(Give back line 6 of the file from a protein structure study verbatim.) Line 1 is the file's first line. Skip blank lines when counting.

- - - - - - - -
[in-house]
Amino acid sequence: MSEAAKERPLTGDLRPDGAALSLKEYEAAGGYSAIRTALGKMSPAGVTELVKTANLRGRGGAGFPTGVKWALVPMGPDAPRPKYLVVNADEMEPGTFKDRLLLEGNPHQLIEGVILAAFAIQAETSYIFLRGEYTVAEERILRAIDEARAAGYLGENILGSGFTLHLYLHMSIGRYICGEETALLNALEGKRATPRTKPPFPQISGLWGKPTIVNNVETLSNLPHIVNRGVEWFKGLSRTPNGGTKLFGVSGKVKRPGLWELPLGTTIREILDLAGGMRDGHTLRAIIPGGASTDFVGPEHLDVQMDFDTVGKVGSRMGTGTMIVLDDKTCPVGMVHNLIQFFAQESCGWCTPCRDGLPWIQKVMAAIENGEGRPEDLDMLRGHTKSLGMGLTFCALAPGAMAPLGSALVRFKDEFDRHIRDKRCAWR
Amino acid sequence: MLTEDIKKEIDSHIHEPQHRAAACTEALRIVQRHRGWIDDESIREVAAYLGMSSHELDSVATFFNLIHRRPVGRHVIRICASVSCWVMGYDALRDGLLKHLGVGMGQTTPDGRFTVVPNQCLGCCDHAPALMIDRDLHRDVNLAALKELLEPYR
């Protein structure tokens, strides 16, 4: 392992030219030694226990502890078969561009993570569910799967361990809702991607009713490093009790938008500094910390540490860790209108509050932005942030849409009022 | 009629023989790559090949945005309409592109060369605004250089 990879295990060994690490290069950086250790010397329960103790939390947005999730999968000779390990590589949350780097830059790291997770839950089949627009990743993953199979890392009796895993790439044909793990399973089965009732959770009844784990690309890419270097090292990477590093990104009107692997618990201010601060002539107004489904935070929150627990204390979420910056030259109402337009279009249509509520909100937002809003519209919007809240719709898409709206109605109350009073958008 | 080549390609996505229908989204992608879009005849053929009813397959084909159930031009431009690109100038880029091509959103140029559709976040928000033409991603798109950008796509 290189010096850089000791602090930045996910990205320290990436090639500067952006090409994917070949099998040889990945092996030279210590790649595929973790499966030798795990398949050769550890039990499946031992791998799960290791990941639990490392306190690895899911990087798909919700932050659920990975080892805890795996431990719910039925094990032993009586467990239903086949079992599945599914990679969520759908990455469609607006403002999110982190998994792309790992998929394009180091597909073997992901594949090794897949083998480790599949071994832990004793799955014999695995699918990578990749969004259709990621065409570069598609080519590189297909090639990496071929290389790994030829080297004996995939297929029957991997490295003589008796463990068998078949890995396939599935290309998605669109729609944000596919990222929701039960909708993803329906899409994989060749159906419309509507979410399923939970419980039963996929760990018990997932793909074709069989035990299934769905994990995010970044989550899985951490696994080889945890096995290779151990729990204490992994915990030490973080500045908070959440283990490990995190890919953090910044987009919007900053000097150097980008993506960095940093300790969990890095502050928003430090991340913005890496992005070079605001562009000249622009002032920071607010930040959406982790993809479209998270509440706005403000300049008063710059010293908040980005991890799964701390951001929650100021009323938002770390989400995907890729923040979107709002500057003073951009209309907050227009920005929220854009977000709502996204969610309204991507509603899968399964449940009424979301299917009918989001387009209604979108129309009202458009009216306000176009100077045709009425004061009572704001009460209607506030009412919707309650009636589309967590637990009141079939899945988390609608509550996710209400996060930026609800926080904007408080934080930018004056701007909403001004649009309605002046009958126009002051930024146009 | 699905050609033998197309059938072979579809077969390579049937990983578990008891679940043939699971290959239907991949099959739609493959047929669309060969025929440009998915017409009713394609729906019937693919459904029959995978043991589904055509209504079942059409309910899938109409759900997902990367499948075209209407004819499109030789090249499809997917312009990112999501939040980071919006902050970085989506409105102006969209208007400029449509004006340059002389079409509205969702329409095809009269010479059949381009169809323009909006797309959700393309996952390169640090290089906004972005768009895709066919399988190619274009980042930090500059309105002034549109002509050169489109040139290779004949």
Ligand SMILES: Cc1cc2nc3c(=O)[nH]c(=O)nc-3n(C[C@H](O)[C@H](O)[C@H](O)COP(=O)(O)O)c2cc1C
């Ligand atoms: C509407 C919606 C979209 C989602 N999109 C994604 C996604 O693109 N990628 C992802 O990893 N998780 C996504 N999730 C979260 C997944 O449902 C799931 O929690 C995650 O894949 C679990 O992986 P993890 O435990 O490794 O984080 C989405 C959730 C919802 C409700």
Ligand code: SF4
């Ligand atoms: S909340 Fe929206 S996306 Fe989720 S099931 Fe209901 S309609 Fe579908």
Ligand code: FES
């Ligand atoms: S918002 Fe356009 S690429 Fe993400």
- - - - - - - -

């Ligand atoms: C509407 C919606 C979209 C989602 N999109 C994604 C996604 O693109 N990628 C992802 O990893 N998780 C996504 N999730 C979260 C997944 O449902 C799931 O929690 C995650 O894949 C679990 O992986 P993890 O435990 O490794 O984080 C989405 C959730 C919802 C409700």